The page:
By Steve Stajich
Before the mass shooting in Las Vegas, there were probably few who even knew what a bump stock was. At least, I hope that was the case. Because a bump stock is an American-designed and manufactured gizmo that allows a rifle to mimic the speed and killing efficiency of an automatic weapon. 58 people were killed and hundreds more were injured by one man whose arsenal included, according to the New York Times, a dozen rifles outfitted with bump stocks.
The employees of Slide Fire Solutions in Moran, Texas felt that their company was involved in making products that were grounded in something they believe in: The Second Amendment. Lanham Martin, a Shackelford County commissioner who resides in Moran observed the following about bump stocks following the Vegas shooting: “Guns don’t kill people. Slide Fire stocks don’t kill people. It could have been just as lethal, if not more so, with a good scope.”
Regarding the Second Amendment, this paragraph from the October 21-22 global edition of the NY Times piece on Moran and Slide Fire may have summed it all up: “Jon Glenn, an Army veteran and rancher who lives one county away from Moran, said he bought several Slide Fire devices, found them to be great products and regards any regulation of them as an infringement of his rights. “This is about defending yourself from a tyrannical government,” Mr. Glenn said, standing at a gun range. “I don’t think we need any more gun laws.”
Moran is a small town about 150 miles west of Dallas that has no stop lights and was struggling economically before an Air Force veteran, Jeremiah Cottle, started Slide Fire from nothing and the company quickly soared to $10 million in sales in its first year in 2010. Slide Fire brought Moran jobs that many residents never expected to see. The company is shut down for now.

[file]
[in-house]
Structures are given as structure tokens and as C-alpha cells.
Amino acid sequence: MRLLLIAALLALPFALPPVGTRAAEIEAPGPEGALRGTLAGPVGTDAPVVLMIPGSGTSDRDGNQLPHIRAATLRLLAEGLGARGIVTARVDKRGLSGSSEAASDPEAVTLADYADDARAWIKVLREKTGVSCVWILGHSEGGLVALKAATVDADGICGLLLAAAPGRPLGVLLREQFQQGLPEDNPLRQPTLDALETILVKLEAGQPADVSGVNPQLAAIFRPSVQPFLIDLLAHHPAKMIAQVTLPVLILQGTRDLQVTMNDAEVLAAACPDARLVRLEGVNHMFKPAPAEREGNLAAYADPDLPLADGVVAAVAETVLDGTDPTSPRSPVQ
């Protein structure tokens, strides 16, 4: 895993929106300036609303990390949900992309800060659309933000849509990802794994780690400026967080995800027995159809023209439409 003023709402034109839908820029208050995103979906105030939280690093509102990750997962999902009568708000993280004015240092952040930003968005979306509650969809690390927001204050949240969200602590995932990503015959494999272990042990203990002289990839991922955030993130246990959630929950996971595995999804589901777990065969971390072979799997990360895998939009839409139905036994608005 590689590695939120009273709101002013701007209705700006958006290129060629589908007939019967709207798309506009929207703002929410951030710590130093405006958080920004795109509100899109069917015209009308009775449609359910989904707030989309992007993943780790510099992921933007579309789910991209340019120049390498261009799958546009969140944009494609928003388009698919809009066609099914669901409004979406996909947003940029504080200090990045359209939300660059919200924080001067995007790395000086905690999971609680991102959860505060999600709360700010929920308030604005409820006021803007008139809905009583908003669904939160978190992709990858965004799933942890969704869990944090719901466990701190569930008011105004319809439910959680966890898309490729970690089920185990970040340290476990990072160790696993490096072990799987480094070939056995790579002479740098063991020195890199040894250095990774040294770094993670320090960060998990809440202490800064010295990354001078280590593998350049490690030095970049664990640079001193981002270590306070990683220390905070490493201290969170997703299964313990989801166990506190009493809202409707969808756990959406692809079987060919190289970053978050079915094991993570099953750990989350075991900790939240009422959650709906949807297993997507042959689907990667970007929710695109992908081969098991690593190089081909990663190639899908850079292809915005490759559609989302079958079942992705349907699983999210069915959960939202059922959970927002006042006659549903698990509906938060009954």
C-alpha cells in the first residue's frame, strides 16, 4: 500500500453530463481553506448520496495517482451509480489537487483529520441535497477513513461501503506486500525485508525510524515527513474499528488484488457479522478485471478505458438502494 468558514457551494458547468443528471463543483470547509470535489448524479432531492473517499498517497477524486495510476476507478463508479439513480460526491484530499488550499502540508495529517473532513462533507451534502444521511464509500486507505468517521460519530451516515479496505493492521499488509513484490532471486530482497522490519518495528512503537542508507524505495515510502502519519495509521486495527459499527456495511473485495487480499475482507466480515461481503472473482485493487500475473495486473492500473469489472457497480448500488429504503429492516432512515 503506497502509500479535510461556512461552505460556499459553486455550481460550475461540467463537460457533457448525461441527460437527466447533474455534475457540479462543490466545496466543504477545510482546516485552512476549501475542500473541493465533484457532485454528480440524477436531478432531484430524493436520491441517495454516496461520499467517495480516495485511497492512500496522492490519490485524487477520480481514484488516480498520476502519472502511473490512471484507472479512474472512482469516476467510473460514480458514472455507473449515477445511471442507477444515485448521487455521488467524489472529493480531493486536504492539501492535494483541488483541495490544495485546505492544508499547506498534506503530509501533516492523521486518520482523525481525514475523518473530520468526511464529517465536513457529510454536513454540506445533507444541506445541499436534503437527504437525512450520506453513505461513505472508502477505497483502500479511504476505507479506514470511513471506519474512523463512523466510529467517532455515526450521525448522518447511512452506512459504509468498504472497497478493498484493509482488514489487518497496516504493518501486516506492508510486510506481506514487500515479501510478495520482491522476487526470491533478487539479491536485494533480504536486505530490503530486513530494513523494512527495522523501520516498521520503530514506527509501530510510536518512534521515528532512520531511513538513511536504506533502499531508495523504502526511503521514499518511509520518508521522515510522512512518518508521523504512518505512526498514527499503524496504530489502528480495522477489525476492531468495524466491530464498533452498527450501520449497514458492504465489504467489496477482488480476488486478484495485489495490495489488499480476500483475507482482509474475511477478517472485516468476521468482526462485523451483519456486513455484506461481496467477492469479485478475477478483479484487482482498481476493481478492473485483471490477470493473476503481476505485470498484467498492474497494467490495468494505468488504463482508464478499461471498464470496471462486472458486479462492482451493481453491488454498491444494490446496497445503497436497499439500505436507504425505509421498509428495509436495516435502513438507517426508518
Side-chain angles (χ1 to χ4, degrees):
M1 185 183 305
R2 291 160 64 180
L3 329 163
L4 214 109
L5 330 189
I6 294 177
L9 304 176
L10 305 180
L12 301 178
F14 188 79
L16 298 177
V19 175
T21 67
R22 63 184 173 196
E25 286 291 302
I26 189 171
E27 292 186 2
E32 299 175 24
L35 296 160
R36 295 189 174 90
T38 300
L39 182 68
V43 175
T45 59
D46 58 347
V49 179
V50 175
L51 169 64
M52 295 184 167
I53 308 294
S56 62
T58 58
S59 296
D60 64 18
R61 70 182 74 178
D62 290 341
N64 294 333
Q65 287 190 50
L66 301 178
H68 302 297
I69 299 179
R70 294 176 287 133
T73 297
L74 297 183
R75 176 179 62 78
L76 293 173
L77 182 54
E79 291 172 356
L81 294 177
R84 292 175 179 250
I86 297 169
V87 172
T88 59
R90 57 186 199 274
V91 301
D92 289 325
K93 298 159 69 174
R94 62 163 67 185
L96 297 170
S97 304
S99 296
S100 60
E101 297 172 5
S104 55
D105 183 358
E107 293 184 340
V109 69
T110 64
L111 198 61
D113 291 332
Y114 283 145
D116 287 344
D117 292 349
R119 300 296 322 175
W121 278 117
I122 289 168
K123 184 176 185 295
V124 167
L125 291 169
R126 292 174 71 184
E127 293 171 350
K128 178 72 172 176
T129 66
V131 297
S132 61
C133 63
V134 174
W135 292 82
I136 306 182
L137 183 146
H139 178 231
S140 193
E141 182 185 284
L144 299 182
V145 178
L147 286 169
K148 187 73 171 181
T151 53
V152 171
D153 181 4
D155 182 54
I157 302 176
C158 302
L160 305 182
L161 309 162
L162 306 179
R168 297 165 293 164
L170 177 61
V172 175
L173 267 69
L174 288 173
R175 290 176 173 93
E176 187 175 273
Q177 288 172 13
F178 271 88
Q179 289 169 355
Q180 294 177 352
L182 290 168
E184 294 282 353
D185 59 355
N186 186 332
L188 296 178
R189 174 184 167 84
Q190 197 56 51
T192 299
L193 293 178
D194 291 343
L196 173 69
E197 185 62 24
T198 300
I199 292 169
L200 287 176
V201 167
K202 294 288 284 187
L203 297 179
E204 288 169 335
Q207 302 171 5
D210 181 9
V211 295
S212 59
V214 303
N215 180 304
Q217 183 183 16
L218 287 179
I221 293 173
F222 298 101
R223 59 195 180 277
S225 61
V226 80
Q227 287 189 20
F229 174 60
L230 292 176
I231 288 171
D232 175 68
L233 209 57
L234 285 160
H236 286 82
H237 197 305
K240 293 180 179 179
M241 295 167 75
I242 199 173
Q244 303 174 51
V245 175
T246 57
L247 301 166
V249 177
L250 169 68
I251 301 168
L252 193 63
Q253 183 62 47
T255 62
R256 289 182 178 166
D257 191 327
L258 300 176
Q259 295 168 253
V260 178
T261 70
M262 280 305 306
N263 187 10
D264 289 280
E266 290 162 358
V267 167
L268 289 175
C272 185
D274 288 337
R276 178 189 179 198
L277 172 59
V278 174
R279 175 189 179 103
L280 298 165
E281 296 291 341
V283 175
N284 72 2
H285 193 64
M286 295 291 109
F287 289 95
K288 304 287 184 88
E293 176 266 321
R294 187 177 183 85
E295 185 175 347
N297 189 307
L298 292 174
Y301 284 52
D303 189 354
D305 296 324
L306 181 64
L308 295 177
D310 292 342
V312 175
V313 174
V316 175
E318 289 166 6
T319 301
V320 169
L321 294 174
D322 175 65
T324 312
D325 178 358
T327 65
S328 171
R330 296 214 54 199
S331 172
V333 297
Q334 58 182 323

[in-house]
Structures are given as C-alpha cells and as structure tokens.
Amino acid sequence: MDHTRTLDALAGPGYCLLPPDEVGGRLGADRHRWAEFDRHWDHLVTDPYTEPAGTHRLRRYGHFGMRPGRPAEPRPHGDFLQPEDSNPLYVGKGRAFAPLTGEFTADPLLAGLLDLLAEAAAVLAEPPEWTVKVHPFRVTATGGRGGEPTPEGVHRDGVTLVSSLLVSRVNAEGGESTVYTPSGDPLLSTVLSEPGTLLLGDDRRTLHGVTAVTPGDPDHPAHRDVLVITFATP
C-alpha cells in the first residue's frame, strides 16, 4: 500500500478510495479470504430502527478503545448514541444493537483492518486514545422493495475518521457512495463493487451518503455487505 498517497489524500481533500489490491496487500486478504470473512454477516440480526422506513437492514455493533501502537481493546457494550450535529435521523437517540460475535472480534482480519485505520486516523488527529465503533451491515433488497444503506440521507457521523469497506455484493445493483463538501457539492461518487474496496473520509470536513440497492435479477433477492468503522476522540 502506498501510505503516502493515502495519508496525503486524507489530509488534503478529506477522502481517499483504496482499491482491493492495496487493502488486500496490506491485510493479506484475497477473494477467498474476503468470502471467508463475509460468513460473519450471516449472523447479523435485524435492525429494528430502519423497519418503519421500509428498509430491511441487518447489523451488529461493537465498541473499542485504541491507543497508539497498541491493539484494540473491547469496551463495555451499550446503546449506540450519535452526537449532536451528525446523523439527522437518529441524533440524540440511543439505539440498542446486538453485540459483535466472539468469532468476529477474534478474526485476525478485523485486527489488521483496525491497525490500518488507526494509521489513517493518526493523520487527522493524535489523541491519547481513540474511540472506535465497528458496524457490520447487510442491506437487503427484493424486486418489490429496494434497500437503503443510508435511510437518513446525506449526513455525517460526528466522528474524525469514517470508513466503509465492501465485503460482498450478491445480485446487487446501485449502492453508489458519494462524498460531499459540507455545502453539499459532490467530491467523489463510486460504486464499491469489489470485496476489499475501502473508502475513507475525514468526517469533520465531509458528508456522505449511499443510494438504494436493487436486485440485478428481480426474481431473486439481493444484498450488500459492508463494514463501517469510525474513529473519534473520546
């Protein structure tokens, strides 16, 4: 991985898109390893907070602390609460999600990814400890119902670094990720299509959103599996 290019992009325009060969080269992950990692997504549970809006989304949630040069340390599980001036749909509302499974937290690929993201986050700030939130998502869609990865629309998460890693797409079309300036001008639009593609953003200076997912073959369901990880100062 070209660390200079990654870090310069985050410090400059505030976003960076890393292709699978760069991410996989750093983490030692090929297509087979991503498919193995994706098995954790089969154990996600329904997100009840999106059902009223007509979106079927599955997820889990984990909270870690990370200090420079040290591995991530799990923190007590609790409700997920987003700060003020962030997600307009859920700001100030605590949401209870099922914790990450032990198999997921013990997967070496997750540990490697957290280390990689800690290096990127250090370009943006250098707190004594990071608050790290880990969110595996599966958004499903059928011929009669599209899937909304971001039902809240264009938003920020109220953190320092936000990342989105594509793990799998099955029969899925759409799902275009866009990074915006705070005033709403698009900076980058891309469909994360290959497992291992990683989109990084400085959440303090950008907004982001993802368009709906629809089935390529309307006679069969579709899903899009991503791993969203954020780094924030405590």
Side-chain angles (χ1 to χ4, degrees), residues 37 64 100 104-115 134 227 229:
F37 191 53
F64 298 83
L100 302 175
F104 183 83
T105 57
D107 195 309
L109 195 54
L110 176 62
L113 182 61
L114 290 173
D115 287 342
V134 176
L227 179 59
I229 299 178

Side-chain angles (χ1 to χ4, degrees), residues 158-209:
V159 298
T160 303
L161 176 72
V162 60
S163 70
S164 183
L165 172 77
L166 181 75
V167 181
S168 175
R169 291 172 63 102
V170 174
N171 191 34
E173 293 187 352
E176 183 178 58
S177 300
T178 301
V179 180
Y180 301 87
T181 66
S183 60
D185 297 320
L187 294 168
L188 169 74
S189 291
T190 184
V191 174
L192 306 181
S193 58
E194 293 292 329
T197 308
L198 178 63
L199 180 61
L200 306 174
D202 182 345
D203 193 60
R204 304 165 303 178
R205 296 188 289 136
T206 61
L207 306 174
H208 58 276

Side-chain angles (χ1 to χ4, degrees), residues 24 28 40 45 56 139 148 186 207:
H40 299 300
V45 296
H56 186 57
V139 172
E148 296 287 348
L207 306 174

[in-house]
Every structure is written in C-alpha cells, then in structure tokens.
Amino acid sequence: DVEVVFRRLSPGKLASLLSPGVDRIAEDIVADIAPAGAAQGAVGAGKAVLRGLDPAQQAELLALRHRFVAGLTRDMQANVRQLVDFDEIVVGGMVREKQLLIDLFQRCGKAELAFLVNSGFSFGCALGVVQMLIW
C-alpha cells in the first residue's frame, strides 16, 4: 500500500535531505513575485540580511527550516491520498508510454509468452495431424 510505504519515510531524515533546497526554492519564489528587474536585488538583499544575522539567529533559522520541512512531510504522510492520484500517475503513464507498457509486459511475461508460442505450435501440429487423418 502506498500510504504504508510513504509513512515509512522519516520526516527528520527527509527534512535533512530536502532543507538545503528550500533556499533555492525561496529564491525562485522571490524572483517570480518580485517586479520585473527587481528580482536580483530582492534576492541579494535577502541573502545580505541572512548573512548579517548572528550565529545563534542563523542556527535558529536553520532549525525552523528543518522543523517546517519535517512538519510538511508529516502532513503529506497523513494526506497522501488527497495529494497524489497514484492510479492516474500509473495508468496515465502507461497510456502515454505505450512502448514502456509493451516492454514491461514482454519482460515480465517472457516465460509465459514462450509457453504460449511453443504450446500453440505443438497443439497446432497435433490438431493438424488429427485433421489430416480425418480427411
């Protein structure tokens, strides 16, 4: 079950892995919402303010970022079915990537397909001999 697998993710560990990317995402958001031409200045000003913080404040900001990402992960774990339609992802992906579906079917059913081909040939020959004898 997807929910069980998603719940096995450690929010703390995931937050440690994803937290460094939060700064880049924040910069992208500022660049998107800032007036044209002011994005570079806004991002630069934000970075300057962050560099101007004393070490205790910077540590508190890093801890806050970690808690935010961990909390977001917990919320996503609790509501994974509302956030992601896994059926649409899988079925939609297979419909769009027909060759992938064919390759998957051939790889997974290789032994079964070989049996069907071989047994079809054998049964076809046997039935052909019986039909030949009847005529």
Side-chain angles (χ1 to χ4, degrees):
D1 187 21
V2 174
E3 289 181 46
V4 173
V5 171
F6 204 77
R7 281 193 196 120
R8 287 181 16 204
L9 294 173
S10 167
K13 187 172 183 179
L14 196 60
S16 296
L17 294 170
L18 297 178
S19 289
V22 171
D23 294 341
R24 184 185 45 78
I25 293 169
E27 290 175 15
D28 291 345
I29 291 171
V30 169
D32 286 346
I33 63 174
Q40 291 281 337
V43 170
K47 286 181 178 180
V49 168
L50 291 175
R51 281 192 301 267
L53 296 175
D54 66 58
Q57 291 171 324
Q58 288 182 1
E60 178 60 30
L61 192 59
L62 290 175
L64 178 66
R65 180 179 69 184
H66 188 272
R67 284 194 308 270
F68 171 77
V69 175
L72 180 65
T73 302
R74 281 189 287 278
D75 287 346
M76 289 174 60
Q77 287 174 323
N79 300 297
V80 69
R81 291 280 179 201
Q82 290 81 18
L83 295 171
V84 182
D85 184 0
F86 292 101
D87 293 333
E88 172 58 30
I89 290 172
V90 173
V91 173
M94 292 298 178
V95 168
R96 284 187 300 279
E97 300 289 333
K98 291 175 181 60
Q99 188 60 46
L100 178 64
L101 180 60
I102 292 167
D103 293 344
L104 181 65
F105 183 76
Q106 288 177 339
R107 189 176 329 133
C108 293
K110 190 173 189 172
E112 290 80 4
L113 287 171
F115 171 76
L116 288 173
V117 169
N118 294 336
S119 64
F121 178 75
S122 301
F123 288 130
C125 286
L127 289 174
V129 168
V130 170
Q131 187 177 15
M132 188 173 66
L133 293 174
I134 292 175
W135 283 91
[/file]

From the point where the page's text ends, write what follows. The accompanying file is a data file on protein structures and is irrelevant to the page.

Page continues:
Let’s look for a moment at the arguments those quoted above put forward regarding the slaughter in Vegas and the role their hometown product played in the tragedy.
Slide Fire’s bump stocks did kill people; more people than might have been slain if the efficiency of the sniper’s weapons had been kept at single shot rifles. Police might have intervened in about the same amount of time, but with the death toll greatly reduced. Mr. Glenn did not cite hunting as another possible use for converting rifles to automatic weapons. Instead, he asserts what we now suspect has become the jihad of the NRA: That citizens should be well-armed with efficient weaponry in case civil war of some sort breaks out in America.
But what happened in Las Vegas wasn’t civil war; it was the slaughter of innocents in the name of demons haunting the shooter. Mr. Glenn’s assertions might easily lead to the conclusion that all Americans should also own automobiles with armor and muscular engines such that when attacks include the use of cars on sidewalks – as they did in Charlottesville – both defensive and offensive killings can reach for the efficiency of the Vegas shooter’s automatic weapons.
That the manufacturing of a device like the bump stock could be viewed in the context of a small town’s economic needs only adds one more layer of frustration onto an epidemic of gun violence that stubbornly refuses to respond to logic and common sense. So let’s just throw all rational thinking out the window and simply ask, “If the right to own automatic weapons does connect with a 21st century civil war that might emanate from something like a flashpoint in Charlottesville, is that what we want for the future of our country?”
Now that’s dark and horrible. But so is one deluded and troubled man shooting down from a hotel window into a crowd of innocents gathered to enjoy a little country music in an open-space soft target. We’re already living with that reality. And by “living” I of course mean mass homicide in the name of nothing more than one person’s psychological distress.
In having the honor of writing in this space in The Mirror since I began doing so in 2002, the very idea that I would have any basis for discussing our national gun death epidemic with the peaceful readers of this newspaper seemed almost absurd. That changed on June 7, 2013, when a killing spree by a lone shooter occurred right here in our home town leaving five innocents dead, four injured, and the suspect being killed by police as he exchanged gunfire with them at the Santa Monica College library; a college campus, where young people study hard to make tomorrow better for all. I know the citizens of this city don’t want an event like that to become commonplace. We’re not arming for civil war here, but obviously some others are and they don’t want their plans fouled-up with gun control measures. I would posit that a certain kind of civil war is already in the making unless we begin replacing bump stocks and caches of guns with some of that divisive logic and common sense.